Donald Trump has made some puzzling remarks lately about American history, but they can be explained by two harsh truths about the president: He’s learning much that is new to him, and has a narcissistic habit of imputing his own ignorance on everyone else.
“People don’t realize, you know, the Civil War, if you think about it, why?” Trump asked in an interview with Sirius XM radio. “People don’t ask that question, but why was there a Civil War?” While these remarks sound less coherent than the inebriated ramblings found on Comedy Central’s Drunk History, they are best understood by realizing that the question of why the Civil War started, although taken up for more than a 150 years in countless books, is something Trump himself has only started thinking about recently, perhaps under the sway of the informal history tutorials provided by his chief strategist, Steve Bannon.
Trump’s status as a novice student of history is also evident in his Black History Month remarks that “Frederick Douglass is an example of somebody who’s done an amazing job and is getting recognized more and more, I notice.” What Trump surely means is that Douglass, long dead, is someone that Trump himself is starting to recognize for the first time. Precisely because Douglass is new to him, Trump naturally adopts the present tense, even though the great abolitionist leader is long dead. When Trump said that “most people” didn’t realize that Abraham Lincoln was a Republican, he was again speaking more about himself than the general population.
What CNN describes as “Trump’s wacky history lessons” are in fact a fascinating window into his mind because these are remarks about topics he is unfamiliar with, so he speaks about them in an unguarded way, almost with a childlike innocence. As such, they tell us more about Trump’s mental reasoning than his now-familiar political sales pitches, the talking points he repeats by rote.
Trump’s full remarks on President Andrew Jackson are very suggestive about Trump’s worldview:
I mean had Andrew Jackson been a little later you wouldn’t have had the Civil War. He was a very tough person, but he had a big heart. He was really angry that he saw what was happening with regard to the Civil War, he said, “There’s no reason for this.” People don’t realize, you know, the Civil War, if you think about it, why? People don’t ask that question, but why was there a Civil War? Why could that one not have been worked out?
He followed this up by tweeting on Monday night:
Trump adheres to an extremely crude version of the Great Man theory, which posits that exceptional figures are born to lead during key moments in history. This can be seen not only in Trump’s admiration for Jackson, but also his frequent allusions to military generals like John Pershing, George Patton, and Douglas MacArthur. Trump often attributes to these men almost superhuman powers of leadership, as in a false story Trump is fond of telling that Pershing defeated a Muslim insurgency in the Philippines by dipping bullets in pig blood. This admiration for strong men is in keeping with Trump’s disturbing authoritarian tendencies, including his habit of praising autocrats like Filipino President Rodrigo Duterte and Russian President Vladimir Putin.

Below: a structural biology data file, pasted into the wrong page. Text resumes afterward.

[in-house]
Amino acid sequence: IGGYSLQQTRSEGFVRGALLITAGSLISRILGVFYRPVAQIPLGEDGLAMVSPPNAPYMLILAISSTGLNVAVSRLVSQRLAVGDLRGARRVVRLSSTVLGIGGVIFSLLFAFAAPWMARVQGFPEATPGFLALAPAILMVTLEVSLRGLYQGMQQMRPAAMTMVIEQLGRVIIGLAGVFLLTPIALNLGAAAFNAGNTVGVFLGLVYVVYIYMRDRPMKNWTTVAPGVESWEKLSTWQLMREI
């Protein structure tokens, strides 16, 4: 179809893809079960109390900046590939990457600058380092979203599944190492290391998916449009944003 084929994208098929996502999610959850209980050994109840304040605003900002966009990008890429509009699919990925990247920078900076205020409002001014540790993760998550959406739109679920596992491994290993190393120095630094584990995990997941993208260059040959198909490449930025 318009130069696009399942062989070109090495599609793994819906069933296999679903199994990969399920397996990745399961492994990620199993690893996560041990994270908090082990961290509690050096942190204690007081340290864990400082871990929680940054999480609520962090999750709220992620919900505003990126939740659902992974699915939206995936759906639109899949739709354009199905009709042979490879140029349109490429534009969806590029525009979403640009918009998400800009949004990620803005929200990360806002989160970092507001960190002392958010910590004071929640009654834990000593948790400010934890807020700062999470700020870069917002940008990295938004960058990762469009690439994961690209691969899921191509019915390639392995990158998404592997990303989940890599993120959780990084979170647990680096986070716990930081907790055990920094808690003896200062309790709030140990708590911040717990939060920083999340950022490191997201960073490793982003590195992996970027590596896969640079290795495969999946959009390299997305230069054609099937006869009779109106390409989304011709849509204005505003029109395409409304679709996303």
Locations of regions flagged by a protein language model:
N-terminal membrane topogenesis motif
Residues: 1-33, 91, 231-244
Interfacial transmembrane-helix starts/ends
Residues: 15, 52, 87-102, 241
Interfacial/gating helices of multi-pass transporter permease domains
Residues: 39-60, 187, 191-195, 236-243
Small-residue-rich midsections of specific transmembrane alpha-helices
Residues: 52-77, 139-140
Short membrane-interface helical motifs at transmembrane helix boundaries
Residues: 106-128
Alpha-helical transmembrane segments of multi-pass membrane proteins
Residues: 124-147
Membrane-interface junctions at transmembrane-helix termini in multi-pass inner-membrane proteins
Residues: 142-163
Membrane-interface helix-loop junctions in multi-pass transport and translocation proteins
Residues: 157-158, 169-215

To be sure, Trump is not alone in adhering to the Great Man theory. After all, biographies are the most pervasive form of popular history. But when Barack Obama read Doris Kearns Goodwin’s Team of Rivals, the lesson he learned was about organizing a strong cabinet, not being a strong man. And when Hillary Clinton evoked the musical Hamilton, it was in the service of praising the ideal of an engaged citizenry. In other words, what sets Trump apart is not that he has historical heroes, but that he admires heroes who are “tough” and push people around, whether it be Jackson in the nullification crisis or various generals in running the military. Patton and MacArthur were the most authoritarian of American military leaders, known for bullying their troops and disobeying the rules.
Because Trump’s schooling in history seems to be coming from Bannon, the president is unexpectedly accurate in the political pantheon he has created. Jackson, who both fought the banks and pursued genocidal policies against Native Americans, is a fitting embodiment of Trump’s white nationalist populism. As Georgetown historian Michael Kazin noted in his 1995 book The Populist Persuasion, nineteenth century Americans who wanted a more anti-elitist politics created a national narrative with “a trio of populist heroes”: Jefferson, Jackson, and Lincoln. While Trump has little to say about Jefferson, he certainly evokes Jackson and Lincoln in that manner. And he gives this tradition an authoritarian twist by celebrating military leaders like Pershing, Patton, and MacArthur.
Trump’s historical ignorance is vast, but he’s cobbled together enough knowledge to suit his political purposes. In his often inchoate and muddled remarks about the past, he’s managed to craft a national story that fits his agenda. Of course, by aligning himself with these supposedly great men of history, he’s implicitly advancing himself as the next great man in American history. As he said at the Republican National Convention last year, “I alone can fix it.” There’s no doubt that he believes this—and no doubt that he’s too ignorant to realize how deeply wrong he is.